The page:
When the constitutionality of a law is challenged, courts test the law by applying one of three levels of judicial scrutiny – strict scrutiny, intermediate scrutiny, or rational basis review. (findlaw.com). Strict scrutiny is applied when the legislation or government action discriminates or violates a constitutionally protected class or a fundamental right is threatened. In these cases, the state must show a “compelling state interest” and that the law is “narrowly tailored” to achieve its result.
In the Texas case, the court abdicated its responsibility. These essential elements were present and a fundamental right, the well-established right to an abortion, was threatened. The “decision,” although there was no decision, was 5-4 with Clarence Thomas and the three Trump appointed justices (Gorsuch, Kavanaugh, and Coney Barrett) joining Alito in denying relief in an unsigned opinion. We shouldn’t be surprised that two conservative Catholics (Kavanaugh and Coney Barrett) on the record as opposing Roe v. Wade allowed the anti-abortion law to remain in force. Nor should we be surprised they were joined by Clarence Thomas whose decisions have, since his confirmation in 1991, been grievance-driven to punish those who challenged his fitness to serve on the court. But, why didn’t the court agree to hear oral arguments on the merits and settle the constitutional issue?
In my opinion, there is only one answer… they wanted to uphold the law without having to expressly take a stand in opposition to Roe. Cases like this one are dealt with summarily and are referred to as being on the “shadow docket,” where an unsigned summary ruling is rendered on an important issue without a formal hearing, oral argument, or filed briefs. Supreme Court law is being made in the shadows.
I’m outraged that the women of Texas are now without reproductive health care because 100+ white men, 8 white women, plus four anti-abortion justices and Clarence Thomas felt entitled to impose their beliefs on an already embattled segment of their fellow Americans. Shame on them. More cowardice. Not unlike the Republicans in Congress who voted against a non-partisan commission to investigate the insurrection on January 6, 2021.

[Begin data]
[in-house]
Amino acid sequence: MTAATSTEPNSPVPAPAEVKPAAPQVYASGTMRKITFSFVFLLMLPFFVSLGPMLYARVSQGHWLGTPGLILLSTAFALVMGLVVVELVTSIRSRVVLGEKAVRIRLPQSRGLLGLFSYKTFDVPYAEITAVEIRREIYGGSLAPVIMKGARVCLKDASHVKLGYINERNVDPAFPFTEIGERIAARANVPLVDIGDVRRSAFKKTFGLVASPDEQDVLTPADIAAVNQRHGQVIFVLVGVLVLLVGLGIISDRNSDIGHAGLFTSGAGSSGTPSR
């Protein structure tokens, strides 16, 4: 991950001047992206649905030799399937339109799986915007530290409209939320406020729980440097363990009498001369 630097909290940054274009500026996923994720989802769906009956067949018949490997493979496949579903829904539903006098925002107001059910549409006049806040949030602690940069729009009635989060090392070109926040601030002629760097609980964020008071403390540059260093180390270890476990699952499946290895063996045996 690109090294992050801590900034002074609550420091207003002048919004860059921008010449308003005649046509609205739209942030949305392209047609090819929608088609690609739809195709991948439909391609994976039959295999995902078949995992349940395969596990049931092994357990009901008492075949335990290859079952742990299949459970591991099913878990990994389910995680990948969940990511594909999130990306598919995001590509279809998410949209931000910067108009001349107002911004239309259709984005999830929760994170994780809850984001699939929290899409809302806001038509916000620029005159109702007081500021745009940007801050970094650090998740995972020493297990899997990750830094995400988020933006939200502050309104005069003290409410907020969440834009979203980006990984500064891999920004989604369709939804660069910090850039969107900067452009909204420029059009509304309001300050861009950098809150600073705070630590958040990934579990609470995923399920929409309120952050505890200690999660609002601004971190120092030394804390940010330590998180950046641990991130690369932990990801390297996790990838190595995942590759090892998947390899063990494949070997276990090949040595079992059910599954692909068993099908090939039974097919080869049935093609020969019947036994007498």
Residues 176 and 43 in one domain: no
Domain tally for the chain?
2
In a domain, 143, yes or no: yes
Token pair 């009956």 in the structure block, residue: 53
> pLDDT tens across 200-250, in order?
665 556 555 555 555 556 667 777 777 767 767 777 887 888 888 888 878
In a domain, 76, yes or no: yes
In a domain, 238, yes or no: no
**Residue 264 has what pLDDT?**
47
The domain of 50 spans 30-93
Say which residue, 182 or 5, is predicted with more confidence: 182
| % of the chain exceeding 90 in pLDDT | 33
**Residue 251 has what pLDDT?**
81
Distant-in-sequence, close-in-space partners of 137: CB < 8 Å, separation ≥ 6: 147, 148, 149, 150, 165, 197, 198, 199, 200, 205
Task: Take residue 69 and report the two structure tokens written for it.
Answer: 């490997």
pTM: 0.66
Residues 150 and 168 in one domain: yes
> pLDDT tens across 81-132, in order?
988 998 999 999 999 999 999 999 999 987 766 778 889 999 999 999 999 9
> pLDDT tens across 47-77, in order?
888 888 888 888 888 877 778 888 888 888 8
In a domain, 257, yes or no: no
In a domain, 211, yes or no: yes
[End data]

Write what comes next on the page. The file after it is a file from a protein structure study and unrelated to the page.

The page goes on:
The U.S. Constitution is a document without parallel. It was drafted by men (yes, only men) who saw the dangers of tyranny by the majority. They created a bi-cameral legislature to equalize representation and a judicial system with layers of review. They did not foresee partisan gerrymandering that would deny the majority its voice or a produce court driven by partisan political ideology. The Founders counted on representatives and judges who would govern in good faith for the greater good, even if they supported different ideologies. I believe they would be outraged by the mean-spirited partisanship in evidence today.
Martin Luther King believed “the arc of the moral universe is long, but it bends toward justice.” I no longer believe that. The evil geniuses who drafted the Texas law won’t prevail in the end. The court will hear the case on the merits eventually and most scholars believe it will be overturned. In the meantime, Texas women will suffer.
In 1976 two women, Jennifer Wear and King Holmes, from the University of Washington, wrote a book called How to Have Intercourse Without Getting Screwed. The title gets your attention but the book’s purpose was to assist women navigating reproductive healthcare systems in various states. The fight is not over. Until it is the women of Texas will need an updated version of Wear/Holmes book. Like healthcare writ large, abortion is primarily governed by state not federal law, but it is important to protect and defend those hard won basic rights.